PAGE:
Thursday, January 31, 2008

An alliance?

As I said in class, Holy Cross is currently building their own Science Complex. I couldn't find anything on their website about mixing religion and art in their new building, but you can take a look for yourself:

Unlike our online renderings, Holy Cross' show some artistic detail-- like this.. wall fountain? and something inscribed next to it.
I sent one of my friends at Holy Cross on a scavenger hunt around their current science building, to see if he could find any artwork worth noting. He found student artwork of scientific objects like telescopes and scales, and one random Norman Rockwell painting. His biggest complaint was that the building lacked thoughtful, contextual artwork. Needless to say, their current building isn't going to give us any ideas for our new building, but I think administrators/faculty/students at Holy Cross may be a good source of information for us as they embark on a similar project. It would be interesting to find out if they plan on instilling any religion/spirituality in their building-- or if not, why not?

Also, there is an interesting conversation about religion vs. science that is published in the Holy Cross Magazine, if you're ever interested:

Okay, that's enough for now. :)

Monday, January 28, 2008


In 2002, students of biology and fine arts collaborated at MSU-Bozeman, a large state school, to create an exhibit called Bioglyphs. The students cultivated petri dishes of bioluminescent bacteria and artfully arranged the dishes on gallery walls. Kill the lights, and dazzling patterns appear. The installation was expanded in New York on the campus of Manhattan College, a small Roman Catholic school. An interesting difference arises between the two exhibits in the interpretations of their viewers. MSU conceived of the project as a fusion of art and science, and most of the comments in the guestbook address the beauty and educational value of the Bioglyphs. Alternatively, the Manhattan College exhibit was considered by some a religious experience, with one viewer describing the dishes as “a sacred space prepared with and containing the living.” Another patron was reminded “of the Notre Dame stained glass windows.”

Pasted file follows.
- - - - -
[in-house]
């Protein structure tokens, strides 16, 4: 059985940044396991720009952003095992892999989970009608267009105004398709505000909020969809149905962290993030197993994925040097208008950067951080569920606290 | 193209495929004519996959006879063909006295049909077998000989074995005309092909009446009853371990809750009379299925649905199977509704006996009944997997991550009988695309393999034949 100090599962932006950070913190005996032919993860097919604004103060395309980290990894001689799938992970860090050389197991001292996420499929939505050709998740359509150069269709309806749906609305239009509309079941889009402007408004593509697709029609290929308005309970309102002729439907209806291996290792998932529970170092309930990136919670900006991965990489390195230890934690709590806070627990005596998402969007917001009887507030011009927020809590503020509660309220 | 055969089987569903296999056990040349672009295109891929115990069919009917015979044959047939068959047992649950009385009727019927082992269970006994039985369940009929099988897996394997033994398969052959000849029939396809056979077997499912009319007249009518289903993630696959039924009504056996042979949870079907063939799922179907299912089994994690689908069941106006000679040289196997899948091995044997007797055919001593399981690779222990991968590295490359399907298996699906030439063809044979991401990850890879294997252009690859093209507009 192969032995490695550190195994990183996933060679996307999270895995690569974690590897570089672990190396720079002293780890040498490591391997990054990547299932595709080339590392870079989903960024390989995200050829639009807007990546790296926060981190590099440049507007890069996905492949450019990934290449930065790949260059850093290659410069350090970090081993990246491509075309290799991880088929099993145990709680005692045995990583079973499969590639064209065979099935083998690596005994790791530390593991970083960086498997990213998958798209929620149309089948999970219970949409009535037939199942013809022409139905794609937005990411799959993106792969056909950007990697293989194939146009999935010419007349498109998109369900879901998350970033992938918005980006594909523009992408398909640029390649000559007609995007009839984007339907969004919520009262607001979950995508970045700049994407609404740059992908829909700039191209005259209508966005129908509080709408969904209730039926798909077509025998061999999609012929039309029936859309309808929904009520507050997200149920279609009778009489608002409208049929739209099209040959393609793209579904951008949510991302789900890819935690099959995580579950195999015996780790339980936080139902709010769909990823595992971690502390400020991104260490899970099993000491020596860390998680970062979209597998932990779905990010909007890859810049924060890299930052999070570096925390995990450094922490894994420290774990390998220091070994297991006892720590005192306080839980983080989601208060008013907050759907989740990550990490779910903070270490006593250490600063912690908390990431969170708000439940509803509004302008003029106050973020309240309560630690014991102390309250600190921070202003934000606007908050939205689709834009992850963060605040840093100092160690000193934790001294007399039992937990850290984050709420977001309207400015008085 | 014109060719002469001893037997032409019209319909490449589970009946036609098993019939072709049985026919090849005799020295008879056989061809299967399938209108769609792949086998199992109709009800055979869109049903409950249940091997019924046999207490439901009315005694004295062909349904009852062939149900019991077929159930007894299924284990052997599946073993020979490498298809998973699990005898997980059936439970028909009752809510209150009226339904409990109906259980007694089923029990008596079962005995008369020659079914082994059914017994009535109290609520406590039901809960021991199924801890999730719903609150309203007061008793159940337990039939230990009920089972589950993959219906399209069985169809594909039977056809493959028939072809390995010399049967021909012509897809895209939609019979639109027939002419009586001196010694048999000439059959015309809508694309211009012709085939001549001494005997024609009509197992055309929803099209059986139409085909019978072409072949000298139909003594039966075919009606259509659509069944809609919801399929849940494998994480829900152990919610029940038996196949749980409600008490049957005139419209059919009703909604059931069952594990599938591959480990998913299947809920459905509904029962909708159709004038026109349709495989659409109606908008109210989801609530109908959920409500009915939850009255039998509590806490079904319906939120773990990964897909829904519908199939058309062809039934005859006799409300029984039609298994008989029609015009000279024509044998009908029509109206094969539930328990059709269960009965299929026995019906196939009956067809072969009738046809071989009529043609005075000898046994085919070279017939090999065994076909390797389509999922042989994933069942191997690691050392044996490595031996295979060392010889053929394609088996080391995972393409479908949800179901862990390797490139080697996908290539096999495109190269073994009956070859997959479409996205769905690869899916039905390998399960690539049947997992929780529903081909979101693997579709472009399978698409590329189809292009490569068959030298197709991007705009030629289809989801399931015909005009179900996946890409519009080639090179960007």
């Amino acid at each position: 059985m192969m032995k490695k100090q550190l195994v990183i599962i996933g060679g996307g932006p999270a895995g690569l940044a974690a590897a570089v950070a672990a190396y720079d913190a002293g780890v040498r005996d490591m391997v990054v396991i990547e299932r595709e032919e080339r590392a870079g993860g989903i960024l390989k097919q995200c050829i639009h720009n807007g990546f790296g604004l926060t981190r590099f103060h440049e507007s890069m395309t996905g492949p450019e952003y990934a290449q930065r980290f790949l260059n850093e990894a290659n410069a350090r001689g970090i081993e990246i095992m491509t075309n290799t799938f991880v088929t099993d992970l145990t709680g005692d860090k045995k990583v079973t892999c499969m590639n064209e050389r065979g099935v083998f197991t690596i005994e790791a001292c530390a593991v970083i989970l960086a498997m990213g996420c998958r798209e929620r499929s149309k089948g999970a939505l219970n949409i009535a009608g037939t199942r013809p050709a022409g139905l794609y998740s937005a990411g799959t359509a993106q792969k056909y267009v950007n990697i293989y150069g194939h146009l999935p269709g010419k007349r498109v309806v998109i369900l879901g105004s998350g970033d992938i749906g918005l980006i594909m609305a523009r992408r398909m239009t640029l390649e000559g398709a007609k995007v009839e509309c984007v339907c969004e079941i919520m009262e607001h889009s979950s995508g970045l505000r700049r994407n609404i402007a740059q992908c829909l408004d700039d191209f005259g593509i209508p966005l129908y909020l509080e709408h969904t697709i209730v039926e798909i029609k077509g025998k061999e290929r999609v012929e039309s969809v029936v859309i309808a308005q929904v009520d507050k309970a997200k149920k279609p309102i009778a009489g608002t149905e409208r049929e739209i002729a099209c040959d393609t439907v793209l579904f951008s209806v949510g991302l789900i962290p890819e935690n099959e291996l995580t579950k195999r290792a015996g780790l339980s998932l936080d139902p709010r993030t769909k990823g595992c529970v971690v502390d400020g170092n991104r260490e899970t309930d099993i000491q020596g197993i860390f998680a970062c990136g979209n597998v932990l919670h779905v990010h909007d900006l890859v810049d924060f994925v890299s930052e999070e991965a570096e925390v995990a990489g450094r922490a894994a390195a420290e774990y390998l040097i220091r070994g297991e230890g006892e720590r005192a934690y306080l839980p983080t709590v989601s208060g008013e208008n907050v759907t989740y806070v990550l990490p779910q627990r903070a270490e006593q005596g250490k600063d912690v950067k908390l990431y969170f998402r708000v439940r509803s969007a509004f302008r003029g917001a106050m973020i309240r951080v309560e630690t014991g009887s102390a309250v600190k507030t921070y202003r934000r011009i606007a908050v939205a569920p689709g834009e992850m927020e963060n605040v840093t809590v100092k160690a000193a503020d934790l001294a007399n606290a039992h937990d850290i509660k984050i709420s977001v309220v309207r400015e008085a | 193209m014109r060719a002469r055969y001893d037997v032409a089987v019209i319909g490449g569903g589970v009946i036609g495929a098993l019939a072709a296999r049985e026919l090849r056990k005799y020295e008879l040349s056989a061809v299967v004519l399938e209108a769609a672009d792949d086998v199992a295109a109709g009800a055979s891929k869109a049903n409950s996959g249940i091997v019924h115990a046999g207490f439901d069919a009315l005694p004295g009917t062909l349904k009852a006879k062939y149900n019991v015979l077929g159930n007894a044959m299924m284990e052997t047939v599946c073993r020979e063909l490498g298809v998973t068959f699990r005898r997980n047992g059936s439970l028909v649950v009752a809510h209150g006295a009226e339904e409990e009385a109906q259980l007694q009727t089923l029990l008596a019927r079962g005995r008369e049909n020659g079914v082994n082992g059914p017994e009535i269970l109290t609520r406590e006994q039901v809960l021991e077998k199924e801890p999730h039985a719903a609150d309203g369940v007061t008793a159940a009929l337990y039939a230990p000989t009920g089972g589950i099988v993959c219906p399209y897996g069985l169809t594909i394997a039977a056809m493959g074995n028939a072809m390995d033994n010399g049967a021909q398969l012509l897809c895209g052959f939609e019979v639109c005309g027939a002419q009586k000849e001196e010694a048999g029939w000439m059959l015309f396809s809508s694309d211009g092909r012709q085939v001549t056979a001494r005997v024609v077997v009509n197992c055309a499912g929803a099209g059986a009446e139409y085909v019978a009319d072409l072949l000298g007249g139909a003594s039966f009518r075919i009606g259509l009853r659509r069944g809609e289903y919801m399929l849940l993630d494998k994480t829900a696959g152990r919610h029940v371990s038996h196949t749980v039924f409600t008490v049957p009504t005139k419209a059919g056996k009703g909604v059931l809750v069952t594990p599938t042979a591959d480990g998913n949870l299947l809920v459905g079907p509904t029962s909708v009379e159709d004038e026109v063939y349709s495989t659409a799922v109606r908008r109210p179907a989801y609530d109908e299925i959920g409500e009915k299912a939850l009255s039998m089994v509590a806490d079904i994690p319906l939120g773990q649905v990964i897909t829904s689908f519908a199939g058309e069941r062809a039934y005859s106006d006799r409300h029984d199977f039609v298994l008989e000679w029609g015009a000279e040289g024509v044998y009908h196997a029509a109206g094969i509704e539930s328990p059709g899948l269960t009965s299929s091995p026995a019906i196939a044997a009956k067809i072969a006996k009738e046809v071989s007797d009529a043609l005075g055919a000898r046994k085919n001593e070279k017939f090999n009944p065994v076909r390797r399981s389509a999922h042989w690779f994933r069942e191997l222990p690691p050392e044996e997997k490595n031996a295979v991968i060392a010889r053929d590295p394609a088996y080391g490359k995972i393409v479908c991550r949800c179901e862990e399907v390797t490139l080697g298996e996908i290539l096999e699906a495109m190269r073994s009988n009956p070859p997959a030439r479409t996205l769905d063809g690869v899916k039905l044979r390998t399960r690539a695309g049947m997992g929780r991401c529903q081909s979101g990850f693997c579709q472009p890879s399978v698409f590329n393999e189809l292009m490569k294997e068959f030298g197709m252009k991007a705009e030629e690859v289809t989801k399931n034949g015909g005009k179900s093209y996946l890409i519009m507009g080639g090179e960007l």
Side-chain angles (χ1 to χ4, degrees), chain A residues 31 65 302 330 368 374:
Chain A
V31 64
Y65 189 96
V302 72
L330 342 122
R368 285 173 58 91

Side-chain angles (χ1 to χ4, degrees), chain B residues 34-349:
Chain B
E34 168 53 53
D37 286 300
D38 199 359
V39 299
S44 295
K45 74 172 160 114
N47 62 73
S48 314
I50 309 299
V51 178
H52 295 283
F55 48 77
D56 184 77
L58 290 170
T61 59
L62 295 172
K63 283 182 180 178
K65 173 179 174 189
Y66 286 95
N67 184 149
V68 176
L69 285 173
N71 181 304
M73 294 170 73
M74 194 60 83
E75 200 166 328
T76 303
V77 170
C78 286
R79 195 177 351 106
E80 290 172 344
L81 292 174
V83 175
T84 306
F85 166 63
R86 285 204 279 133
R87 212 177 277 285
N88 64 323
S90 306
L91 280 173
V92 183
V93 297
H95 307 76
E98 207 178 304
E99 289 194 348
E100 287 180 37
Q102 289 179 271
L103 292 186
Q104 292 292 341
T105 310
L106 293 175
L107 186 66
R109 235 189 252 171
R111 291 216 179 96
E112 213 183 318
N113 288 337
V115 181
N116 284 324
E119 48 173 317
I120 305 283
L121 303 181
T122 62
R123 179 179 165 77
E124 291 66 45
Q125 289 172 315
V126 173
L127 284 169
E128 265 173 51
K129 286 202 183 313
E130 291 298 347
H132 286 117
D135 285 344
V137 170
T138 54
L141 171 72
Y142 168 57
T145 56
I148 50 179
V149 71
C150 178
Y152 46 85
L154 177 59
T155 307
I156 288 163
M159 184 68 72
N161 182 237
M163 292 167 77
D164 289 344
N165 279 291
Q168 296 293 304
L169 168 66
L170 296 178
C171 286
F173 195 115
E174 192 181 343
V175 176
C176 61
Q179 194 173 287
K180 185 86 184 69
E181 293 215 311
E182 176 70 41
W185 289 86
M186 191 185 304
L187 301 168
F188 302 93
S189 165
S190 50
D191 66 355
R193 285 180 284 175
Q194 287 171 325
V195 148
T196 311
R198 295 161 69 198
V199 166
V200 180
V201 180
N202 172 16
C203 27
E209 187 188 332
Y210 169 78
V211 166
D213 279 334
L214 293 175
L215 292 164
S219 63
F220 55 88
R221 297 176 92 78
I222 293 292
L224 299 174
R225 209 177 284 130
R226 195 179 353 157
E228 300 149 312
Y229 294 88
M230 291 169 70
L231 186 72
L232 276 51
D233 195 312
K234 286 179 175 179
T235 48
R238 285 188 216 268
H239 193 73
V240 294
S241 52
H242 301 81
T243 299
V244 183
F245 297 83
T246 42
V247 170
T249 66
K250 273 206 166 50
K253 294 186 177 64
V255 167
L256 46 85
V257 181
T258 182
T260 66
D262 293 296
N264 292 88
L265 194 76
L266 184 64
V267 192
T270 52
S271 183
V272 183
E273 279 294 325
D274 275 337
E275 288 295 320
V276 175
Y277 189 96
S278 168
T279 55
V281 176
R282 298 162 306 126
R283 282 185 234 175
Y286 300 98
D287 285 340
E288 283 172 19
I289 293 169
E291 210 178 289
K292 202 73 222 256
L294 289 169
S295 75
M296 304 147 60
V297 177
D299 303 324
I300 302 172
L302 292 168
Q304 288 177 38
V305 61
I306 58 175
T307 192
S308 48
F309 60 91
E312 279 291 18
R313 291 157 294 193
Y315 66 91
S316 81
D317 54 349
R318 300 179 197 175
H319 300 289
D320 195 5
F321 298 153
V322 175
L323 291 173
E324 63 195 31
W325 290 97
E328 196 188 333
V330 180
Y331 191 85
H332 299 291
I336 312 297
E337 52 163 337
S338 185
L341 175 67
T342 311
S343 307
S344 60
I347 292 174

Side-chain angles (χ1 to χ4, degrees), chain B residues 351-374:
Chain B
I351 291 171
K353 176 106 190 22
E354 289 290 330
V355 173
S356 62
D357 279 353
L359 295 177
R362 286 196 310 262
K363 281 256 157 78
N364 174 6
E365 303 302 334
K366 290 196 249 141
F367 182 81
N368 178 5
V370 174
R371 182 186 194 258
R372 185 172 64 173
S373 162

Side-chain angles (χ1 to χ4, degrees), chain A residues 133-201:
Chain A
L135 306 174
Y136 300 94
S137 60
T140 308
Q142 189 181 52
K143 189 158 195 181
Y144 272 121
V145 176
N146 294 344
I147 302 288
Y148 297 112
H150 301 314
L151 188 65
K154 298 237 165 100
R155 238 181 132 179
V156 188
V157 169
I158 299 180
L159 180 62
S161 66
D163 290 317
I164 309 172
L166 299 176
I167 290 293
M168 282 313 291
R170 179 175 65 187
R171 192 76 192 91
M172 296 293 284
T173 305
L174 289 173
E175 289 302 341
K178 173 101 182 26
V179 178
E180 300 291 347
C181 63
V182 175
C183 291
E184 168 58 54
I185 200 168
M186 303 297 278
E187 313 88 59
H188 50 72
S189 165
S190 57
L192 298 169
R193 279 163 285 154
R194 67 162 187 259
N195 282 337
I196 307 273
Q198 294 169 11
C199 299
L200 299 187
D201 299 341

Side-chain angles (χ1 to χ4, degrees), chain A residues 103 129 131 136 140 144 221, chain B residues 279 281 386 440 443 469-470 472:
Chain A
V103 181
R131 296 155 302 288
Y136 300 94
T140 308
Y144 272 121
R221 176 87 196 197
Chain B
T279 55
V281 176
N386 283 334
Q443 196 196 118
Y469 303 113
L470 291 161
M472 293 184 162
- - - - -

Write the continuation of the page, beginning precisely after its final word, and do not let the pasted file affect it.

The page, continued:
It is no stretch to think about the display in a religious register. “Bioglyph” is a riff on hieroglyph, which is a backformation of hieroglyphics. The Greek word hierogluphikos is derived from the parts hieros, meaning “sacred,” and gluphÄ“, or “carving” (Oxford American Dictionary). The word “hieroglyphics” contains within it the holy, and while it is most often used denotatively to describe the historical writing system, it can also be used figuratively to mean any writing that is enigmatic, elusive, even incomprehensible—quite at odds with the mission of science. One can then view Bioglyphs as mysterious, inconclusive experiments, a sacred script vivified, made through science with a sense of awe.

This artwork is definitely an interesting case study. I've got some ideas gestating, but I think I need to sleep on it.

Check out the Bioglyphs website: